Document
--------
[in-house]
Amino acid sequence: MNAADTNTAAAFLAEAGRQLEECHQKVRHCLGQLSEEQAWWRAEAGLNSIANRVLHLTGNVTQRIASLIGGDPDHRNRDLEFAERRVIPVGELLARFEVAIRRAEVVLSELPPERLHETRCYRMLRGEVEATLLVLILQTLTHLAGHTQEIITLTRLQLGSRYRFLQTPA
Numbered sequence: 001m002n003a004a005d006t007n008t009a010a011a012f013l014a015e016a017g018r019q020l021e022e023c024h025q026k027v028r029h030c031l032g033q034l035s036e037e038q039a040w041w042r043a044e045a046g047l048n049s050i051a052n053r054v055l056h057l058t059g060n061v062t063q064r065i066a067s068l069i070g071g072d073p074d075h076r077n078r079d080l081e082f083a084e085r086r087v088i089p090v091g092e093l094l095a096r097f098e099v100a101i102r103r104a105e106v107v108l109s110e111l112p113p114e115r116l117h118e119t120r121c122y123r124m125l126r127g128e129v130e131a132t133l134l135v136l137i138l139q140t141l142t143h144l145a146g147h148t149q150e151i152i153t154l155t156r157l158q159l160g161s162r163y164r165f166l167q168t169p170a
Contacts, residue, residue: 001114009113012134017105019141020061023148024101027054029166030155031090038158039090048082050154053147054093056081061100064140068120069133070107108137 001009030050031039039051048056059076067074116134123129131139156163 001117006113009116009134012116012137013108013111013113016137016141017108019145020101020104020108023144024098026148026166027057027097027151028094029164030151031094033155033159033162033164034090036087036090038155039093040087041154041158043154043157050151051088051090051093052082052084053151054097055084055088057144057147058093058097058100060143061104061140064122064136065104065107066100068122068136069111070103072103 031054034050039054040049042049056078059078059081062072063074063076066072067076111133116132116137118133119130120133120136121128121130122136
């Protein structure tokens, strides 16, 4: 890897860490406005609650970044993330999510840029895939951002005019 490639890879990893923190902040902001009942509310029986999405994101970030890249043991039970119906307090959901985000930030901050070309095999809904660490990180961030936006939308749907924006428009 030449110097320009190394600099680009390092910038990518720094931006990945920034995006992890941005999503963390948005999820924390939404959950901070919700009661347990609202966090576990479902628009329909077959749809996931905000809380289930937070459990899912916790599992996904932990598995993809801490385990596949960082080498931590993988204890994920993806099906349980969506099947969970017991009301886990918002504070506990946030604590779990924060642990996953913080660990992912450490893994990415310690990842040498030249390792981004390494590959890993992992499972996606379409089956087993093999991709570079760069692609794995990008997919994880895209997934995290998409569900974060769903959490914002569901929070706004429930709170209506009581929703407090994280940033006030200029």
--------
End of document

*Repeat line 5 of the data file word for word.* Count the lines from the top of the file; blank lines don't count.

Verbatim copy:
């Protein structure tokens, strides 16, 4: 890897860490406005609650970044993330999510840029895939951002005019 490639890879990893923190902040902001009942509310029986999405994101970030890249043991039970119906307090959901985000930030901050070309095999809904660490990180961030936006939308749907924006428009 030449110097320009190394600099680009390092910038990518720094931006990945920034995006992890941005999503963390948005999820924390939404959950901070919700009661347990609202966090576990479902628009329909077959749809996931905000809380289930937070459990899912916790599992996904932990598995993809801490385990596949960082080498931590993988204890994920993806099906349980969506099947969970017991009301886990918002504070506990946030604590779990924060642990996953913080660990992912450490893994990415310690990842040498030249390792981004390494590959890993992992499972996606379409089956087993093999991709570079760069692609794995990008997919994880895209997934995290998409569900974060769903959490914002569901929070706004429930709170209506009581929703407090994280940033006030200029």